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4 definitions found
 for glob
From The Collaborative International Dictionary of English v.0.48 :

  glob \glob\ n.
     1. a compact mass, especially of a semiliquid or viscous
        substance; as, a glob of glue fell on my shoe.
  
     Syn: ball, clod, lump, clump, chunk.
          [WordNet 1.5 +PJC]

From WordNet (r) 3.0 (2006) :

  glob
      n 1: a compact mass; "a ball of mud caught him on the shoulder"
           [syn: ball, clod, glob, lump, clump, chunk]

From The Jargon File (version 4.4.7, 29 Dec 2003) :

  glob
   /glob/, not, /glohb/, v.,n.
  
      [Unix; common] To expand special characters in a wildcarded name, or the
      act of so doing (the action is also called globbing). The Unix conventions
      for filename wildcarding have become sufficiently pervasive that many
      hackers use some of them in written English, especially in email or news on
      technical topics. Those commonly encountered include the following:
  
      +-------------------------------------------------------------------------+
      |* |wildcard for any string (see also UN*X)                             |
      |--+----------------------------------------------------------------------|
      |? |wildcard for any single character (generally read this way only at the|
      |  |beginning or in the middle of a word)                                 |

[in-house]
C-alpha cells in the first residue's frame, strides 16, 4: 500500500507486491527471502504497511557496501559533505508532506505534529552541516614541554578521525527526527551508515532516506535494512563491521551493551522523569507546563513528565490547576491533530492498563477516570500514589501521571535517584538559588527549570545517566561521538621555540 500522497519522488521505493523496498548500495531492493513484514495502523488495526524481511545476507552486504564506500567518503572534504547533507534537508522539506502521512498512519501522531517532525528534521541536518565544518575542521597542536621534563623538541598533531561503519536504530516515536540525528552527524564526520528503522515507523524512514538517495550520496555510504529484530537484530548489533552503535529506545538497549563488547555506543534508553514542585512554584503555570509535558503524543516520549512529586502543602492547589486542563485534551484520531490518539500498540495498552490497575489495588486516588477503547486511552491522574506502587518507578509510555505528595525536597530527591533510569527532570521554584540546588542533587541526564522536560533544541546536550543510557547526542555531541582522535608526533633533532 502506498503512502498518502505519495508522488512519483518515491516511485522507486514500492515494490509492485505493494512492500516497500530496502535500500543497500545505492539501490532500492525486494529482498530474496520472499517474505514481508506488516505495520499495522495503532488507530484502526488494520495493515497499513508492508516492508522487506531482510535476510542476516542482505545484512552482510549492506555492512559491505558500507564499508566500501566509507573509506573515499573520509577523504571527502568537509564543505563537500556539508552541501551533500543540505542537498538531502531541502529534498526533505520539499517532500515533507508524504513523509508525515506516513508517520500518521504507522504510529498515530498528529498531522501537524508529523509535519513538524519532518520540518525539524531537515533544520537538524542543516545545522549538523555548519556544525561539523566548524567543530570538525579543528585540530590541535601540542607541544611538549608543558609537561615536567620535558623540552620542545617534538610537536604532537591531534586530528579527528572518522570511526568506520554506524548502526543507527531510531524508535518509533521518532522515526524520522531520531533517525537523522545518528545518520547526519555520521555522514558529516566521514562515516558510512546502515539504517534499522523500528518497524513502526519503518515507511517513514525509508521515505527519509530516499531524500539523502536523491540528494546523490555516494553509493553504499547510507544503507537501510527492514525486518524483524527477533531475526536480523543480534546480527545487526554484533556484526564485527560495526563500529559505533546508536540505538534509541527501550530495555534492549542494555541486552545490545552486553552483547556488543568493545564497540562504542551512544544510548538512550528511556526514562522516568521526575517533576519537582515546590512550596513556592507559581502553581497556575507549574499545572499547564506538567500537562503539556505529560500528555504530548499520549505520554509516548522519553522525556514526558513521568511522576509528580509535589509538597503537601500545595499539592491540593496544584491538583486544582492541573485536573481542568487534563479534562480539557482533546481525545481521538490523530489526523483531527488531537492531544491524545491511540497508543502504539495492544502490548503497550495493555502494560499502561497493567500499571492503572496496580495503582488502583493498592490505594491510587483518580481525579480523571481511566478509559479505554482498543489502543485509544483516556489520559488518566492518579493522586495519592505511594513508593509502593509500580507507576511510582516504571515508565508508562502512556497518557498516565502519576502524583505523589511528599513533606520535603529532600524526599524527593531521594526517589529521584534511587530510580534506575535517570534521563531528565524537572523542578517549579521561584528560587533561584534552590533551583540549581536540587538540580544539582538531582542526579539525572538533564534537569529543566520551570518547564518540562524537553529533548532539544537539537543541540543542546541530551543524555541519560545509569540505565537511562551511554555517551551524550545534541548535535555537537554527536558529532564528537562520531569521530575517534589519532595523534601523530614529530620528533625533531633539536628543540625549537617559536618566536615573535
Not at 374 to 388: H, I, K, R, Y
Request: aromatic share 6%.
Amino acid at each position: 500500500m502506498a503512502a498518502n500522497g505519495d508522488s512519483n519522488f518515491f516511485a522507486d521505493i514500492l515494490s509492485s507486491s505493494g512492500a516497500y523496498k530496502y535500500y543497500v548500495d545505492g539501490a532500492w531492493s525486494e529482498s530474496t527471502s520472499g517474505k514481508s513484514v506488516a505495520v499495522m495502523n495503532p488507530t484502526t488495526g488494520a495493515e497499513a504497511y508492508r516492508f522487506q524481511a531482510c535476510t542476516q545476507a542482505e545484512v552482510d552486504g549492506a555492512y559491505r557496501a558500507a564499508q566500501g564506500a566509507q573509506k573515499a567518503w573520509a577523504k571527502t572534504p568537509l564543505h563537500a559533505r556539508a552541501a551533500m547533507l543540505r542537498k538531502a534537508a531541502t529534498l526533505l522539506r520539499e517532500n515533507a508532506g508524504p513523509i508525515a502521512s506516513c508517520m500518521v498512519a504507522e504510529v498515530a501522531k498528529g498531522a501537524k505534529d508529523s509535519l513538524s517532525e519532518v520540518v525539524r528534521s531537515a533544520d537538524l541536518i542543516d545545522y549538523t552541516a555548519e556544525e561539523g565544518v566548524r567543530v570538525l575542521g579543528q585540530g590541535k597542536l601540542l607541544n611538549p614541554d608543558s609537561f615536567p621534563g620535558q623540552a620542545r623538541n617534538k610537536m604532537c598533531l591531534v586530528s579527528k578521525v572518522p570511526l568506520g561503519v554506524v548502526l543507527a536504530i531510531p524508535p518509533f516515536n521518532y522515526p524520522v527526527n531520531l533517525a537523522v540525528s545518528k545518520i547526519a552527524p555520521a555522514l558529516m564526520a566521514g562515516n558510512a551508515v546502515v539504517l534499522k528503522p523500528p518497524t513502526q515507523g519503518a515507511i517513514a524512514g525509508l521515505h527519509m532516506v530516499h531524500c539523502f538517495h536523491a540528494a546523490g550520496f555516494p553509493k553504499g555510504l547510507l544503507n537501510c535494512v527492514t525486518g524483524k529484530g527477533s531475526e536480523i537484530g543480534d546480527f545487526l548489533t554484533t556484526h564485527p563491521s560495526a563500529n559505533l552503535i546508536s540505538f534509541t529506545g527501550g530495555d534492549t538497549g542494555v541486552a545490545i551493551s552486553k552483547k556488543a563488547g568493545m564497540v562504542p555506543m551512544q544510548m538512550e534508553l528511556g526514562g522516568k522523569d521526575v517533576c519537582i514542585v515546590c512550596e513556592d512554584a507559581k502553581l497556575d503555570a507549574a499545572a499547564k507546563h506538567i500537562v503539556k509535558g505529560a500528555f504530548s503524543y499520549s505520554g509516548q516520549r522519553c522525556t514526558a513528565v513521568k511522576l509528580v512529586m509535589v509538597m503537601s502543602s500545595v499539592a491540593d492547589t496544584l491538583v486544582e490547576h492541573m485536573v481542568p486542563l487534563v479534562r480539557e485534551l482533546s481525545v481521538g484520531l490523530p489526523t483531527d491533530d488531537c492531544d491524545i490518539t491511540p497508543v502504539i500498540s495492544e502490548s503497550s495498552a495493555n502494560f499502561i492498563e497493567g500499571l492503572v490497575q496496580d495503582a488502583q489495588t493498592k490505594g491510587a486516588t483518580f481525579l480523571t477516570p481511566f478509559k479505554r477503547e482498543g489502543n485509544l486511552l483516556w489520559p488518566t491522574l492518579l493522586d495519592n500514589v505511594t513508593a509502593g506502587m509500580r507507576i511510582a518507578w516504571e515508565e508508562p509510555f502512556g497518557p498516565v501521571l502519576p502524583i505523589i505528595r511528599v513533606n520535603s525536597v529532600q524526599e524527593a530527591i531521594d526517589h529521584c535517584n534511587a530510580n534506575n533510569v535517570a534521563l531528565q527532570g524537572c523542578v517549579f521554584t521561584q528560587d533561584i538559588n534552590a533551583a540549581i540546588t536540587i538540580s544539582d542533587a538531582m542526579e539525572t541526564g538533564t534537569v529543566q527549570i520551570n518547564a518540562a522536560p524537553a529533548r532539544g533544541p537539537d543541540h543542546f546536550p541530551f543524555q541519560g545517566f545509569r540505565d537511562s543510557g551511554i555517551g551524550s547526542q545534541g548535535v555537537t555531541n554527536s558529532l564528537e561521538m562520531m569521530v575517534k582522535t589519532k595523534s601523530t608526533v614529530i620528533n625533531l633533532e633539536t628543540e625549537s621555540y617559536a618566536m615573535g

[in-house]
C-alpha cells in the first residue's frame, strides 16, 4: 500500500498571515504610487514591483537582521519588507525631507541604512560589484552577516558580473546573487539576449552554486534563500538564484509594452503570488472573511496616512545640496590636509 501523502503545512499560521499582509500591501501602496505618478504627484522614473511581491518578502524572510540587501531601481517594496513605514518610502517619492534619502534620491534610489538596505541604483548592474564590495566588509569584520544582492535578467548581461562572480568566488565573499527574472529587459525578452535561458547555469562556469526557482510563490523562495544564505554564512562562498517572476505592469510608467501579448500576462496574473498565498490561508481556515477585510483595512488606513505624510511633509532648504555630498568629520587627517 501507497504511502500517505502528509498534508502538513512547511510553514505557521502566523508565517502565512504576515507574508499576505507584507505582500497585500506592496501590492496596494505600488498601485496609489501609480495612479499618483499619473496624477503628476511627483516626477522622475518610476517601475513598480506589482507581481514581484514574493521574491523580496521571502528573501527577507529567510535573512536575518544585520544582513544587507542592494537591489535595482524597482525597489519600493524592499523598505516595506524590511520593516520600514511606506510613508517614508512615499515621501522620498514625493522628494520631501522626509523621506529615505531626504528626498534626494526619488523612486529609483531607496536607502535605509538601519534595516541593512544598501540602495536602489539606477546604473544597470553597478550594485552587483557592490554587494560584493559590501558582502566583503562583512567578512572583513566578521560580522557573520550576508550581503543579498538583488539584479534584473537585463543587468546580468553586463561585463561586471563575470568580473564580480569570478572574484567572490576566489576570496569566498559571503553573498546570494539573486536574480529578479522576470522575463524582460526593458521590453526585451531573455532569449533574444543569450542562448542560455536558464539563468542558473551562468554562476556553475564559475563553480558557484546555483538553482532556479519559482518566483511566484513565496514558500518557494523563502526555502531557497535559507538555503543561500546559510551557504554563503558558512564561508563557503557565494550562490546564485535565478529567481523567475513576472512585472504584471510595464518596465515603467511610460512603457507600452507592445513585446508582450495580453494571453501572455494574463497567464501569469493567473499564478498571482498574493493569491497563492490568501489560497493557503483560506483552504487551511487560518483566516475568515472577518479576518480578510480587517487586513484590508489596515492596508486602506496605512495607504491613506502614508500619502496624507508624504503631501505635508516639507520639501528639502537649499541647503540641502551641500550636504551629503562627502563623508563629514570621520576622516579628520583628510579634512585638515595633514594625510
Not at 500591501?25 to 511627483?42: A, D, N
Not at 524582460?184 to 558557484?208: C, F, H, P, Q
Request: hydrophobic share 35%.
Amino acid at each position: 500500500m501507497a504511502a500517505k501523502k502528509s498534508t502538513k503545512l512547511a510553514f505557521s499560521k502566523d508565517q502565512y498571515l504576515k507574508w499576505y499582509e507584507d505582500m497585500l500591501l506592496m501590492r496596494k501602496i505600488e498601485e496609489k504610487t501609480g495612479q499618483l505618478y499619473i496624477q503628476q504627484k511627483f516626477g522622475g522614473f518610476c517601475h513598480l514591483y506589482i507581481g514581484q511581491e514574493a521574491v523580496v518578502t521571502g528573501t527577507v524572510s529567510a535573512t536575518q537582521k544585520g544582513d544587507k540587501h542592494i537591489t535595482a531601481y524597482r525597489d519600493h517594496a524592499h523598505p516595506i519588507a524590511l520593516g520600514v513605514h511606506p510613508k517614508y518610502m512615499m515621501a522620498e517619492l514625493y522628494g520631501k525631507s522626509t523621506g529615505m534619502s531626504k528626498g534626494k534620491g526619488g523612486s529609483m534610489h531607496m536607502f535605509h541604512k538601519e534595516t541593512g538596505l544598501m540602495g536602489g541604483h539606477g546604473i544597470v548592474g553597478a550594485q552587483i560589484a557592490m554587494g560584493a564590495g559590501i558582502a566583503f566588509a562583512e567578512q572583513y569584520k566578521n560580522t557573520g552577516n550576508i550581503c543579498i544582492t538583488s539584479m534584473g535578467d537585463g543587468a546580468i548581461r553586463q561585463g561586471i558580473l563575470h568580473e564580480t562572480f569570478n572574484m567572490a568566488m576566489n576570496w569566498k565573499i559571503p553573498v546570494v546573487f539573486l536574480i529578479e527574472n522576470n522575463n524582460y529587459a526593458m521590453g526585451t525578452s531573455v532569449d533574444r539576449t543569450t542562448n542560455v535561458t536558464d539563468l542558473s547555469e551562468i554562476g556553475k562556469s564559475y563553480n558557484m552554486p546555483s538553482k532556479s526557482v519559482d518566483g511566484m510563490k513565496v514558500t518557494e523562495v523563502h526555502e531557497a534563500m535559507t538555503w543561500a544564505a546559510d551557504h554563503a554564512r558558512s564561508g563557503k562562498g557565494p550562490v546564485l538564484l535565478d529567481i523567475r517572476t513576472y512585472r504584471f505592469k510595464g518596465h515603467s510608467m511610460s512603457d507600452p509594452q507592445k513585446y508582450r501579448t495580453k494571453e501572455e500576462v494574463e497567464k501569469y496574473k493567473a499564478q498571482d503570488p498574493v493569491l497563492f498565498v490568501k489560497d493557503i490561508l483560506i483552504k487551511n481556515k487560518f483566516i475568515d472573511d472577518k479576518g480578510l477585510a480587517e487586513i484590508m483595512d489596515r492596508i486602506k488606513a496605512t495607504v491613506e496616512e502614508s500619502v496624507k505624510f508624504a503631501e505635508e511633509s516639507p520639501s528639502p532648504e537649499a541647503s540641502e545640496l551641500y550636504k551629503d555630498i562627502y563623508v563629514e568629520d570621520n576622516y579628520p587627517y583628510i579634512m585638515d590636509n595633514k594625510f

|--+----------------------------------------------------------------------|
      |[]|delimits a wildcard matching any of the enclosed characters           |
      |--+----------------------------------------------------------------------|
      |{|alternation of comma-separated alternatives; thus, ?foo{baz,qux}?     |
      |  |would be read as ?foobaz? or ?fooqux?                                 |
      +-------------------------------------------------------------------------+
  
      Some examples: ?He said his name was [KC]arl? (expresses ambiguity). ?I
      don't read talk.politics.*? (any of the talk.politics subgroups on Usenet
      ). Other examples are given under the entry for X. Note that glob
      patterns are similar, but not identical, to those used in regexps.
  
      Historical note: The jargon usage derives from glob, the name of a
      subprogram that expanded wildcards in archaic pre-Bourne versions of the
      Unix shell.
  

From The Free On-line Dictionary of Computing (18 March 2015) :

  glob
  
      /glob/ A mechanism that returns a list
     of pathnames that match a pattern containing wild card
     characters.  Globbing was available in early versions of Unix
     and, in more limited form, in Microsoft Windows.
  
     The characters are:
  
     * = zero or more characters, e.g. "probab*" would match
     probabilistic, probabilistically, probabilities, probability,
     probable, probably.
  
     ? = any single character, e.g. "b?g" would match bag, big, bog,
     bug.
  
     [] any of the enclosed characters, e.g. "b[ao]g" would match bag,
     bog (not on Windows).
  
     These have become sufficiently pervasive that hackers use them in
     written messages.  E.g. "He said his name was [KC]arl" (expresses
     ambiguity).  "I don't read talk.politics.*" (any of the
     talk.politics subgroups on Usenet).  Other examples are given
     under the entry for X.
  
     Later Unix shells introduced the x,y,z syntax which expands to a
     comma-separated list of alternatives, thus foo{baz,qux would
     expand to "foobaz" and "fooqux".  This differs from a glob because
     it generates a list of all possible expansions, rather than
     matching against existing files.
  
     Glob patterns are similar, but not identical, to regular
     expressions.
  
     "glob" was a subprogram that expanded wild cards in archaic
     pre-{Bourne versions of the Unix shell.  It is also a
     bulit-in function in Perl.
  
     (2014-08-22)
  

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